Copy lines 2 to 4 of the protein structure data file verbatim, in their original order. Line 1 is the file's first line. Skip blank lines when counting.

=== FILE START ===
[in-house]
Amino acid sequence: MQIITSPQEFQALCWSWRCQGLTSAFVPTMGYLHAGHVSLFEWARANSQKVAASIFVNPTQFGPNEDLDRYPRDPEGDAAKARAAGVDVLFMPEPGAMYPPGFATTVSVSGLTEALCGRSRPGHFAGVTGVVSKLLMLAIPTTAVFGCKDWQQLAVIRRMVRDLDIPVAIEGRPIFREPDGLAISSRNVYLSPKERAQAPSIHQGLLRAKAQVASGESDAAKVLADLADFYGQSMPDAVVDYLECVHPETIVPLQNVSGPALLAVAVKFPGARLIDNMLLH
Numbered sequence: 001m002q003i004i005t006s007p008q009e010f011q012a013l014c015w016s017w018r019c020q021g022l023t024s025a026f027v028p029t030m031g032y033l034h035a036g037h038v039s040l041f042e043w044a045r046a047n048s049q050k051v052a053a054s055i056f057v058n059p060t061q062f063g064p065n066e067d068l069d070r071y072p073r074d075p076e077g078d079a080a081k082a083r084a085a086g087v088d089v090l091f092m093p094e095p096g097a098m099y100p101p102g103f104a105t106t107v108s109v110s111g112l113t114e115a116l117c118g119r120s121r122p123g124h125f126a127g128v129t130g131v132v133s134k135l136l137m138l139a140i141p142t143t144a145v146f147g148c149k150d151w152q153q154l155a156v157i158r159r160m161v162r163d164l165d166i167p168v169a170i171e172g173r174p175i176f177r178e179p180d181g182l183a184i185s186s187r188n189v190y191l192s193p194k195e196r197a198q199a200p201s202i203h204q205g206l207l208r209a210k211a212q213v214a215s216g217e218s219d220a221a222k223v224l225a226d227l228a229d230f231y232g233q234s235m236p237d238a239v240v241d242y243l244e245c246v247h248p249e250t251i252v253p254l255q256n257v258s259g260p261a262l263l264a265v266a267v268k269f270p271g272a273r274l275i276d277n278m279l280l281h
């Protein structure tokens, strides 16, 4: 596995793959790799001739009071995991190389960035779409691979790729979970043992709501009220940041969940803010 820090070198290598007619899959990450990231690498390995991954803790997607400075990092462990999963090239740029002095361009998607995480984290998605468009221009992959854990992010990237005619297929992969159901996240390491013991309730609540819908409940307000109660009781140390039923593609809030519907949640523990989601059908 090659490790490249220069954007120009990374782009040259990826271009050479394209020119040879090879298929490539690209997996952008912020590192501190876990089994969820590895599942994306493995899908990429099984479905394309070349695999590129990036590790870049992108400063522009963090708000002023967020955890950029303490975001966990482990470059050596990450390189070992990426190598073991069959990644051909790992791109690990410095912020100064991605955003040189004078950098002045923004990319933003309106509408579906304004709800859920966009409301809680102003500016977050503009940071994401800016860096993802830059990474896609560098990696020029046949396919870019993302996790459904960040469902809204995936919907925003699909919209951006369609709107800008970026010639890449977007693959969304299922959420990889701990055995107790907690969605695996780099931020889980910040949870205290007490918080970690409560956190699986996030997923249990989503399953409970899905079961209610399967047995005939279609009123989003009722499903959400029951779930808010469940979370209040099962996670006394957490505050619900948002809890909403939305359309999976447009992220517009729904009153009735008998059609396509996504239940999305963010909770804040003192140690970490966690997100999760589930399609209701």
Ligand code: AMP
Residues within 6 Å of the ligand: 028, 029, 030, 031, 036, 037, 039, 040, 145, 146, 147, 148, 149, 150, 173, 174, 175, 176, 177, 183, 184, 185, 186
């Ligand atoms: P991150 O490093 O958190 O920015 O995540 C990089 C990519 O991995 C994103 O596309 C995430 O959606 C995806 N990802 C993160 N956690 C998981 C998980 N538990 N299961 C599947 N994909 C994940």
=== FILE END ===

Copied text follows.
Amino acid sequence: MQIITSPQEFQALCWSWRCQGLTSAFVPTMGYLHAGHVSLFEWARANSQKVAASIFVNPTQFGPNEDLDRYPRDPEGDAAKARAAGVDVLFMPEPGAMYPPGFATTVSVSGLTEALCGRSRPGHFAGVTGVVSKLLMLAIPTTAVFGCKDWQQLAVIRRMVRDLDIPVAIEGRPIFREPDGLAISSRNVYLSPKERAQAPSIHQGLLRAKAQVASGESDAAKVLADLADFYGQSMPDAVVDYLECVHPETIVPLQNVSGPALLAVAVKFPGARLIDNMLLH
Numbered sequence: 001m002q003i004i005t006s007p008q009e010f011q012a013l014c015w016s017w018r019c020q021g022l023t024s025a026f027v028p029t030m031g032y033l034h035a036g037h038v039s040l041f042e043w044a045r046a047n048s049q050k051v052a053a054s055i056f057v058n059p060t061q062f063g064p065n066e067d068l069d070r071y072p073r074d075p076e077g078d079a080a081k082a083r084a085a086g087v088d089v090l091f092m093p094e095p096g097a098m099y100p101p102g103f104a105t106t107v108s109v110s111g112l113t114e115a116l117c118g119r120s121r122p123g124h125f126a127g128v129t130g131v132v133s134k135l136l137m138l139a140i141p142t143t144a145v146f147g148c149k150d151w152q153q154l155a156v157i158r159r160m161v162r163d164l165d166i167p168v169a170i171e172g173r174p175i176f177r178e179p180d181g182l183a184i185s186s187r188n189v190y191l192s193p194k195e196r197a198q199a200p201s202i203h204q205g206l207l208r209a210k211a212q213v214a215s216g217e218s219d220a221a222k223v224l225a226d227l228a229d230f231y232g233q234s235m236p237d238a239v240v241d242y243l244e245c246v247h248p249e250t251i252v253p254l255q256n257v258s259g260p261a262l263l264a265v266a267v268k269f270p271g272a273r274l275i276d277n278m279l280l281h
């Protein structure tokens, strides 16, 4: 596995793959790799001739009071995991190389960035779409691979790729979970043992709501009220940041969940803010 820090070198290598007619899959990450990231690498390995991954803790997607400075990092462990999963090239740029002095361009998607995480984290998605468009221009992959854990992010990237005619297929992969159901996240390491013991309730609540819908409940307000109660009781140390039923593609809030519907949640523990989601059908 090659490790490249220069954007120009990374782009040259990826271009050479394209020119040879090879298929490539690209997996952008912020590192501190876990089994969820590895599942994306493995899908990429099984479905394309070349695999590129990036590790870049992108400063522009963090708000002023967020955890950029303490975001966990482990470059050596990450390189070992990426190598073991069959990644051909790992791109690990410095912020100064991605955003040189004078950098002045923004990319933003309106509408579906304004709800859920966009409301809680102003500016977050503009940071994401800016860096993802830059990474896609560098990696020029046949396919870019993302996790459904960040469902809204995936919907925003699909919209951006369609709107800008970026010639890449977007693959969304299922959420990889701990055995107790907690969605695996780099931020889980910040949870205290007490918080970690409560956190699986996030997923249990989503399953409970899905079961209610399967047995005939279609009123989003009722499903959400029951779930808010469940979370209040099962996670006394957490505050619900948002809890909403939305359309999976447009992220517009729904009153009735008998059609396509996504239940999305963010909770804040003192140690970490966690997100999760589930399609209701």